Divorce in Movies: Kramer vs. Kramer
Released in 1979, the movie Kramer vs. Kramer is a cultural benchmark, a snapshot of the fractured American family, and a must-see for anyone interested in family law.
Ted Kramer is a successful guy who is speeding his way to the top at his advertising agency. When the movie begins, Ted has just been handed his agency’s most valued new account, cementing “one of the five best days” of his life.
He is surprised then, when he returns home, that his wife, Joanna, is determined to leave because she doesn’t “know who she is” anymore. She is deserting Ted not only with an entire ad presentation to prepare for the next day but also with their six-year-old son, Billy, to take care of.
Right away we’re close to choosing sides and laying blame: How can she walk out on her home and child? But what we’ve already seen of Ted makes it fairly clear why she might have decided to walk out. She may be leaving the family, but he’s hardly been a part of it. Harassed, running late, and taking his son to school on the first day after his wife has left, he asks Billy: “What grade are you in?” Answer: first. Ted didn’t know.
Over the next 18 months, we see Ted and Billy settle into a routine, but Ted’s work is suffering because of home stresses. When Joanna returns, having found a new well-paying career and a therapist, and demands custody of her son, they enter into the brutal court battle that gives the film its title. As their respective attorneys sink to surprising lows to fight their custody case, Ted and Joanna are shocked with their lawyers’ brutality with the other.
Although our sympathies do tend to be with the father—mainly because we have watched him change—we are basically just acting as witnesses to the drama. The movie has encouraged us to realize that these people are deep enough and complex enough, as all real people are, that we can’t assign moral labels to them.
I won’t tell you the ending, because I don’t want to spoil the film for you if you haven’t see it. I would like to share a few insights into two cultural and legal issues about divorce at that time.
Divorce in Film: the Hays Code
The Motion Picture Production Code, commonly known at the Hays Code, was a set of film industry moral guidelines that was applied to most U.S. films from 1930 to 1968. Under the Code, divorce was rarely, if ever, portrayed on screen because “sanctity of the institution of marriage and the home shall be upheld.” If divorce was portrayed, it must be only for sound reasons, as a last resort, and never lightly or flippantly. As a result, films during the Code years used annulment, had happy endings where couples got back together, and had bad marriages ending in death (if by murder, then the murderer was always punished under the Code’s “compensating values” rule).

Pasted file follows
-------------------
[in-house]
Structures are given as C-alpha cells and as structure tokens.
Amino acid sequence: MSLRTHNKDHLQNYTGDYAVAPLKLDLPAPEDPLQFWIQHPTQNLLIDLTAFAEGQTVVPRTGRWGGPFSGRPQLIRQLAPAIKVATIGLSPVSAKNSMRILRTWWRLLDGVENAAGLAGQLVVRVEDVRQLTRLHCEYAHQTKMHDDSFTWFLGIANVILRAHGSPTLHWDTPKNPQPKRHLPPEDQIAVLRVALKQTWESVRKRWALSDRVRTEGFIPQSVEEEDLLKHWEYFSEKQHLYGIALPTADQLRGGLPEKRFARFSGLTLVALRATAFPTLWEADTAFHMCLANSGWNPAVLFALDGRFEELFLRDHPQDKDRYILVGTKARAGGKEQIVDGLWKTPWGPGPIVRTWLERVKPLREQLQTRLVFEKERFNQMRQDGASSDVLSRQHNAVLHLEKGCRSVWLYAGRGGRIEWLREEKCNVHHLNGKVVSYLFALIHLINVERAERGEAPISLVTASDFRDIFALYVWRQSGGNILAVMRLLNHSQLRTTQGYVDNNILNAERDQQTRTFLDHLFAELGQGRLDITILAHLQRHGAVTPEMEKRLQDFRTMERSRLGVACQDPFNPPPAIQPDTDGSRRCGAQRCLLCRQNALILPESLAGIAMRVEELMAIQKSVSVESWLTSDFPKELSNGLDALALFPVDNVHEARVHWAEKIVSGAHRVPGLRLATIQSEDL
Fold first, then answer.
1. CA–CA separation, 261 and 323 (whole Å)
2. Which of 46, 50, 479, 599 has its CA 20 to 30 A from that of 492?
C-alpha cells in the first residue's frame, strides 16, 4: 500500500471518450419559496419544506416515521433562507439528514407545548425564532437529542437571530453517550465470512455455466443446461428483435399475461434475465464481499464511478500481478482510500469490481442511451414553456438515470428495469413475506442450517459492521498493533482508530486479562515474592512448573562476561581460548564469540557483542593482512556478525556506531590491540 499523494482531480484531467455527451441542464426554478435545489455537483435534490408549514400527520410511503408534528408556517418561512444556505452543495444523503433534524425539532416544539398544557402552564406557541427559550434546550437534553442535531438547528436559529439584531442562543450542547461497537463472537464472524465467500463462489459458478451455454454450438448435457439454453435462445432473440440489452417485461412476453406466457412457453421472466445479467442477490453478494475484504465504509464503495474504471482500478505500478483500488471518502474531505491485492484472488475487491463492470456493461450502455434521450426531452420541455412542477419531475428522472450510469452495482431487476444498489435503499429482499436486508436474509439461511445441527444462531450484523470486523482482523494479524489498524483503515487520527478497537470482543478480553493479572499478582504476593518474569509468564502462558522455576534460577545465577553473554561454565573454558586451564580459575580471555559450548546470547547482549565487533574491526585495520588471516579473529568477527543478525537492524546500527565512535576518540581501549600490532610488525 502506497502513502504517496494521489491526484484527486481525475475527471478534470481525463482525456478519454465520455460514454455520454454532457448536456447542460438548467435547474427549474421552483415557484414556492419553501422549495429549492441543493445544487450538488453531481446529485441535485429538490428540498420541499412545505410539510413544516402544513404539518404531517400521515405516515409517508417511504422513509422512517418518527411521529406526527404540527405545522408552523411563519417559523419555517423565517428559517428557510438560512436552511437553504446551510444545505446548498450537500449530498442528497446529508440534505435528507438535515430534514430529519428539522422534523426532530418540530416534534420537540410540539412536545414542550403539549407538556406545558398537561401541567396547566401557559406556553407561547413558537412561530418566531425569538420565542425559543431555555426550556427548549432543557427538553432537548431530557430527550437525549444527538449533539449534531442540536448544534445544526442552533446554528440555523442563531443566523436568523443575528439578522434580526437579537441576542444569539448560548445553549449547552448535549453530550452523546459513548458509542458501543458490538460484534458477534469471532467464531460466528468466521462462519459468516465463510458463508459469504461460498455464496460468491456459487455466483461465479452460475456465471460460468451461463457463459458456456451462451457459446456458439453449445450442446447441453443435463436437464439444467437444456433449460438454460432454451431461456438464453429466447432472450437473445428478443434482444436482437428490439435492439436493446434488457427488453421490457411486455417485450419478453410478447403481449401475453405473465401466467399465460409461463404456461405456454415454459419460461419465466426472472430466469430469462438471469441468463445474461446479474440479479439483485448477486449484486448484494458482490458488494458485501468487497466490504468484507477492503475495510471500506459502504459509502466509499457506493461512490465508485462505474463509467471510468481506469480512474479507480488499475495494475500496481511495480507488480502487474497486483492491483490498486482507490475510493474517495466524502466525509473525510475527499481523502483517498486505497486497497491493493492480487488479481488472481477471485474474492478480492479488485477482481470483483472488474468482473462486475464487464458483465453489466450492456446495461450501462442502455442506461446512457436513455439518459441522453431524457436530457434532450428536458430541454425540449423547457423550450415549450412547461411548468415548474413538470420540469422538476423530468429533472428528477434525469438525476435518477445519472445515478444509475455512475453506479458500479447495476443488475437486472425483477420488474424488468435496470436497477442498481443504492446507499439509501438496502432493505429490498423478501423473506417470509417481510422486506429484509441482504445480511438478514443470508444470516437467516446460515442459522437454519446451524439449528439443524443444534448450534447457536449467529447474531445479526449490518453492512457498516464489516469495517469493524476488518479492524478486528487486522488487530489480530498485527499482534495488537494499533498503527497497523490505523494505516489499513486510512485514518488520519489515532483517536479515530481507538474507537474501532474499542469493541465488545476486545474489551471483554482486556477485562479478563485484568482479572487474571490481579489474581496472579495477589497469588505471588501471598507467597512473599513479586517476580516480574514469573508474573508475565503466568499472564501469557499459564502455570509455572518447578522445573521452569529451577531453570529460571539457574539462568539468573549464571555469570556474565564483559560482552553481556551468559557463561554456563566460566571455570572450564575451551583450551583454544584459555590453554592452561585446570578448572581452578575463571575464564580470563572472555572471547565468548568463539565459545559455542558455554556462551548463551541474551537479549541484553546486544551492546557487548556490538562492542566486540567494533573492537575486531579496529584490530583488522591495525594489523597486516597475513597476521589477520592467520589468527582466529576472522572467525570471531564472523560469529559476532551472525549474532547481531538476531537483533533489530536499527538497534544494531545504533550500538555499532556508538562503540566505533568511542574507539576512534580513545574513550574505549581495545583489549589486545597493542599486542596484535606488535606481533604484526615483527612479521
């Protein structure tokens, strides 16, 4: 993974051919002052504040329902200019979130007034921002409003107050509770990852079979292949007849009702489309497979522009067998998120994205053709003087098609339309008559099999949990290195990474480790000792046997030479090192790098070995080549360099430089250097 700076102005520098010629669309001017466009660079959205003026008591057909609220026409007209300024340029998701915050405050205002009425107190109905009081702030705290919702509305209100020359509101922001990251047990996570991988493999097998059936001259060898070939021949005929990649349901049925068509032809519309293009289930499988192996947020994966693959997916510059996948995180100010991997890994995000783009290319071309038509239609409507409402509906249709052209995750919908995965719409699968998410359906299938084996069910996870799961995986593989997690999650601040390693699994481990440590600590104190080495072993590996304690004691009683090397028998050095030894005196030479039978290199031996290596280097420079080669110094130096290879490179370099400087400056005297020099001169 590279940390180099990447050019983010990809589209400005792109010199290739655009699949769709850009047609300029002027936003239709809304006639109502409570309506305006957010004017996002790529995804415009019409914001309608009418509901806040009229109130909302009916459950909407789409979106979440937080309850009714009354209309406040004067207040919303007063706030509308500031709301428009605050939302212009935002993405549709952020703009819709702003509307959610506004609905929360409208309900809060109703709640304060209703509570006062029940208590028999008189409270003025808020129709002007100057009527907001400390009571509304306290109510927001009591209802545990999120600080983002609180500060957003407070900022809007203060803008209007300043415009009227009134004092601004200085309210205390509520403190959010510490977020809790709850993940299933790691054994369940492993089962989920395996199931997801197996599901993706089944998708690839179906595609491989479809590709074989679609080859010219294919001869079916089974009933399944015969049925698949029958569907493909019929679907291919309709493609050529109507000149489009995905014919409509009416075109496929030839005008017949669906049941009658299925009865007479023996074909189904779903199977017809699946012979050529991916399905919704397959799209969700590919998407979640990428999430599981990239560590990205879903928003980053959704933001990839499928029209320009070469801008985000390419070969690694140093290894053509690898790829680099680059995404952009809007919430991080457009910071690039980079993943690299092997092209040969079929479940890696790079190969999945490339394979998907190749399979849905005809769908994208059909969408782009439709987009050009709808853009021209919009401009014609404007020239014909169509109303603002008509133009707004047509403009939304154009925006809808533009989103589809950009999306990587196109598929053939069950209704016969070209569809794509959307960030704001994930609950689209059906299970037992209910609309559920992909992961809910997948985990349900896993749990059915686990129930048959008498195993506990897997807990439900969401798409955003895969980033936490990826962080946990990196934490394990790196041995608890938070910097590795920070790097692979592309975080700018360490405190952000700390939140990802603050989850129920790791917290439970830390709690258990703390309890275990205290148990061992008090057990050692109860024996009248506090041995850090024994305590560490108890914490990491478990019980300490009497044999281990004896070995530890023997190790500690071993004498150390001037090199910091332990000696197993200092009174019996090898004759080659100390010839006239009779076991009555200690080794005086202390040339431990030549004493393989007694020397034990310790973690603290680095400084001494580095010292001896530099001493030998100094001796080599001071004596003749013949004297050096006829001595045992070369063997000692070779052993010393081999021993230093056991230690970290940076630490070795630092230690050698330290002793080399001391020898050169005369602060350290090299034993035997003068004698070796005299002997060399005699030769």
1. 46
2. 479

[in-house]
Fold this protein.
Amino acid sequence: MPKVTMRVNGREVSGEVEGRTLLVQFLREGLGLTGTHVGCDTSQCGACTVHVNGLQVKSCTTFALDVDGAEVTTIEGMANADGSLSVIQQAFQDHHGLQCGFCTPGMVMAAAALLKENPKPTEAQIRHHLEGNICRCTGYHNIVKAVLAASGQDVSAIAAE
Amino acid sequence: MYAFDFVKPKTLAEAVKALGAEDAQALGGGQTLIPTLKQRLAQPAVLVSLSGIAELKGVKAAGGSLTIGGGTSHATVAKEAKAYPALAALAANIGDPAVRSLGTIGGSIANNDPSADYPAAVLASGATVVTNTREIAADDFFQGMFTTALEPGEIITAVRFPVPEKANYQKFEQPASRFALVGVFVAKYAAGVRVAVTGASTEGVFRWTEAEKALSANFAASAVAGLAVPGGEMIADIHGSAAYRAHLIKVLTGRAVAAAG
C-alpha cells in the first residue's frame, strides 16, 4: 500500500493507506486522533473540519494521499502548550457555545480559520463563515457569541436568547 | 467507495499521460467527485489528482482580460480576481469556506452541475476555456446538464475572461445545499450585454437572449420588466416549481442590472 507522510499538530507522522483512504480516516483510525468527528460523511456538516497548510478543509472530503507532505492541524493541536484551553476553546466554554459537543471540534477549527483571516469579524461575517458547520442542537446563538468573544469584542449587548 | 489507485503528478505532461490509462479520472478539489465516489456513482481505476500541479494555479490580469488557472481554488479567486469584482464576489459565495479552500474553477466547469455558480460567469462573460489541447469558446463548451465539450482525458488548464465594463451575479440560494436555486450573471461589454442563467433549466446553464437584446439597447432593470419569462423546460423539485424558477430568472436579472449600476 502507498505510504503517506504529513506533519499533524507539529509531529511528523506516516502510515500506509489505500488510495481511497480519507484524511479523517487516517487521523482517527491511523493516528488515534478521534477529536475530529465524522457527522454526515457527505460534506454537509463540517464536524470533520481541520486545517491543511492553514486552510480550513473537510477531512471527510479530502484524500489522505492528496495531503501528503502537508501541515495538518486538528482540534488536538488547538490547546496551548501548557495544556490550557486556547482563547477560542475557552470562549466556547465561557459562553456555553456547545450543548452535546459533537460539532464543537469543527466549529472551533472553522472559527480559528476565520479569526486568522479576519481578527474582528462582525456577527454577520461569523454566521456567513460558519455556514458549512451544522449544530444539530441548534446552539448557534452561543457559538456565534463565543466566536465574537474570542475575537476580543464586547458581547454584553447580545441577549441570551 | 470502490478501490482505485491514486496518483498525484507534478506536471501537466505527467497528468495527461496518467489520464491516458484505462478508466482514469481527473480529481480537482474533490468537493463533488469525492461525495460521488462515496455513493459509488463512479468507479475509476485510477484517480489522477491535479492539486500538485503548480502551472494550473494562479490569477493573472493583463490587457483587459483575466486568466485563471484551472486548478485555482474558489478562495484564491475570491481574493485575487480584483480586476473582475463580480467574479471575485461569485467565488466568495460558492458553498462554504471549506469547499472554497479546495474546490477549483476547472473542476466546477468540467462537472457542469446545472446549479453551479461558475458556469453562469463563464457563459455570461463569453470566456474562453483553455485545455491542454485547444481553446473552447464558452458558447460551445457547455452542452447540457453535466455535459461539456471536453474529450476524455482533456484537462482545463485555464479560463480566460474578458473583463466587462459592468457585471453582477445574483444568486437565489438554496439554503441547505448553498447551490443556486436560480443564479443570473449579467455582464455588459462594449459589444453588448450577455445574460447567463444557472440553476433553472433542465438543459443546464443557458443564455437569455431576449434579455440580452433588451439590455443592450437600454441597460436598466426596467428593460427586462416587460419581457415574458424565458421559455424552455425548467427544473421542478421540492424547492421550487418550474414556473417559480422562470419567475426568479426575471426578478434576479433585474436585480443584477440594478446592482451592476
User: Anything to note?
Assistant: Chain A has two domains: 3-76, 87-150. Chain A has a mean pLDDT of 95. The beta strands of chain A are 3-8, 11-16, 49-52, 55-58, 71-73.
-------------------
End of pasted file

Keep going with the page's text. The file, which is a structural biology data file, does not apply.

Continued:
Today, there is no Hays Code. Instead, since in 1968, movies are rated under the following system: G for general audiences, M for mature content, R for restricted (under 17 not admitted without an adult), and NC-17 (originally X) for sexually explicit content.
Kramer vs. Kramer was one of the first major movies to depict realist divorce after the Hays Code.
The “Tender Years” doctrine
|Ted Kramer First Meets With His Attorney|
|Ted Kramer: I don’t know the legal jargon for it, but I think it’s “desertion.” I don’t mean to tell you your job, but I think I have an open-and-shut case.|
|John Shaunessy: Well, at first Mr. Kramer, there’s no such thing as an open-and- shut case where custody is involved. I’ll bet your ex-wife has already found a lawyer who’s advised her to move back to establish residency. The burden is on us to prove that your ex-wife is an unfit mother. That means I’ll have to play rough. If I play rough, you can bet they will too. Can you take that?|
Until the 19th century, English family law gave custody of the children to the father after a divorce, mainly because women had few individual rights and obligations. In 1839, the Custody of Infants Act gave some discretion to the judge in a child custody case and established a presumption of maternal custody for children under the age of 7 years with financial support from the fathers. In 1873, Parliament extended the presumption of maternal custody until a child reached 16. Fathers could only gain custody if they could prove that the mother was unfit.
In the United States, the tender years doctrine was gradually replaced toward the end of the 20th century. Legislation of most states now advocates the seemingly gender-neutral “best interests of the child” doctrine of custody. That said, some judges still firmly believe young children belong with their mothers.
Long-time New York attorney Raoul Felder about divorce law after the movie. “Suddenly I had fathers in my office asking for custody of their children,” he said. “Kramer vs. Kramer challenged the long-held notion that mothers should automatically be awarded full custody of their children. The film marked the beginning of the standard that’s become commonplace today, that the court places the child’s best interest over the presumption that mothers are automatically deserving of custody.”